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Home Battery Testing with Voltmeter/Multimeter
Posted by: The UnDoug
Date: January 01, 2010 10:07AM
I have a little flashlight that uses 2 AAA batteries. I have 6 old AAA batteries, and using a multimeter (I grew up calling it a "volt meter"), they each report a charge of 1.5 or better. To me, that would mean they should be fully capable of lighting the lightbulb in the flashlight. None of them in any combination of two batteries will.

I have two Energizer rechargeables, and after charging them, put them in the flashlight, and it lights up just fine. When I just tested *them*, they only show about 1.3 on the voltmeter, yet they light up the flashlight just fine.


I am setting the voltmeter to "20" on the little dial.

Thanks for any explanation you can share.
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Re: Home Battery Testing with Voltmeter/Multimeter
Posted by: Grateful11
Date: January 01, 2010 10:15AM
That sounds like a normal voltage reading for either type according to my Fluke meter.
Why it will not light with the first batteries I have no idea.



Grateful11
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Re: Home Battery Testing with Voltmeter/Multimeter
Posted by: Catzilla
Date: January 01, 2010 10:29AM
Multimeters differ from "battery testers" in that they don't load the battery. When the weak batteries are in the flashlight the voltage drops to close to zero.
That's the reason to check a vehicle batter when the engine is cranking, weak batteries voltage drops significantly under load.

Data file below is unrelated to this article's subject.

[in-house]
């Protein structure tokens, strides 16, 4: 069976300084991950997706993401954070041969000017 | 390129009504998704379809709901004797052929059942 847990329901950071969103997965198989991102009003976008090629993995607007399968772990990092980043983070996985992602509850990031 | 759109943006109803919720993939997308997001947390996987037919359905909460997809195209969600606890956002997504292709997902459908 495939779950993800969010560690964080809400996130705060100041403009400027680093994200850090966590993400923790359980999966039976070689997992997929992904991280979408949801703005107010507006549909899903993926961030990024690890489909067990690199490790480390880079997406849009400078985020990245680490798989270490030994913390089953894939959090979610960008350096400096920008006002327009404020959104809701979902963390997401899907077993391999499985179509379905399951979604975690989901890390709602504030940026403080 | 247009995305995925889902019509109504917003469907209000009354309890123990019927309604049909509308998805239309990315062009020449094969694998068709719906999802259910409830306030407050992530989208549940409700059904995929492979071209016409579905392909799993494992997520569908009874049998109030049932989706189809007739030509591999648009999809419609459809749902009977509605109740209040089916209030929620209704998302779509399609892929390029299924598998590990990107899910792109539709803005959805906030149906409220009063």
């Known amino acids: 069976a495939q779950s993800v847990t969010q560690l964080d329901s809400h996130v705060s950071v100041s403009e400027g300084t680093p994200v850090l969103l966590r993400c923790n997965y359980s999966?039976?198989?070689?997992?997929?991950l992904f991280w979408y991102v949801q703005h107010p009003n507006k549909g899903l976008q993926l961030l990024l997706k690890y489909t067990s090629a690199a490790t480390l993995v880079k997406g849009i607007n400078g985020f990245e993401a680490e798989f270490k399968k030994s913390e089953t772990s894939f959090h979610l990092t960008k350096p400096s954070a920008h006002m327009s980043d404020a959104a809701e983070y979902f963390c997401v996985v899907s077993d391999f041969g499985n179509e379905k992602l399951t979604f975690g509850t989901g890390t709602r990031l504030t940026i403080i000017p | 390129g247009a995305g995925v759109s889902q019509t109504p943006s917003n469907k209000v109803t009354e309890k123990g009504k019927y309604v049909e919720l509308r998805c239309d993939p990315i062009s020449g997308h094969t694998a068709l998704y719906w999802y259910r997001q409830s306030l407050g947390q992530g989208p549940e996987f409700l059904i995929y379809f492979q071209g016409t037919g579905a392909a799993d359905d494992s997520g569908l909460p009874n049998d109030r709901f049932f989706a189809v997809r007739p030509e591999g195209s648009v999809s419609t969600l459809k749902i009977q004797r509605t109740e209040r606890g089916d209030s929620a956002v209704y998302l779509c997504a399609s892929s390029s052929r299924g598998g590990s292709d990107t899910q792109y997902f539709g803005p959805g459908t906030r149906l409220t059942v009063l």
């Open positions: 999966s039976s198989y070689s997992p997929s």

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Re: Home Battery Testing with Voltmeter/Multimeter
Posted by: The UnDoug
Date: January 01, 2010 10:37AM
So, Catzilla, are you saying that the batteries that won't light the bulb may show a full charge, but when under load, their "true" charge shines through (or in this case, doesn't shine)?
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Re: Home Battery Testing with Voltmeter/Multimeter
Posted by: Catzilla
Date: January 01, 2010 10:39AM
Exactly.
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Re: Home Battery Testing with Voltmeter/Multimeter
Posted by: Forrest
Date: January 01, 2010 10:48AM
Also, NiMH batteries react differently than Alkaline batteries. When fully charged, NiMH batteries are about 1.3 volts and when discharged they're about 1.1 volts under load. Alkaline batteries start around 1.7 volts and you'll see the battery voltage under load dropping almost immediately until they're exhausted.
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Re: Home Battery Testing with Voltmeter/Multimeter
Posted by: space-time
Date: January 01, 2010 10:50AM
my Craftsman Multimeter ($10 on sale, $20 regular price from Sears) has a battery testing function.

There are 2 scales: 1.5V and 9V

On each of these scales, the device applies a small load to the battery. I measured the current (with another multimeter) and I think it draws around 75mA DC.

So when I put a fresh battery and measure the voltage (using the 2000 mV scale), is shows 1.65V or so.

When I put the same battery on the battery test scale (1.5V), it shows 1.55 or so (IIRC).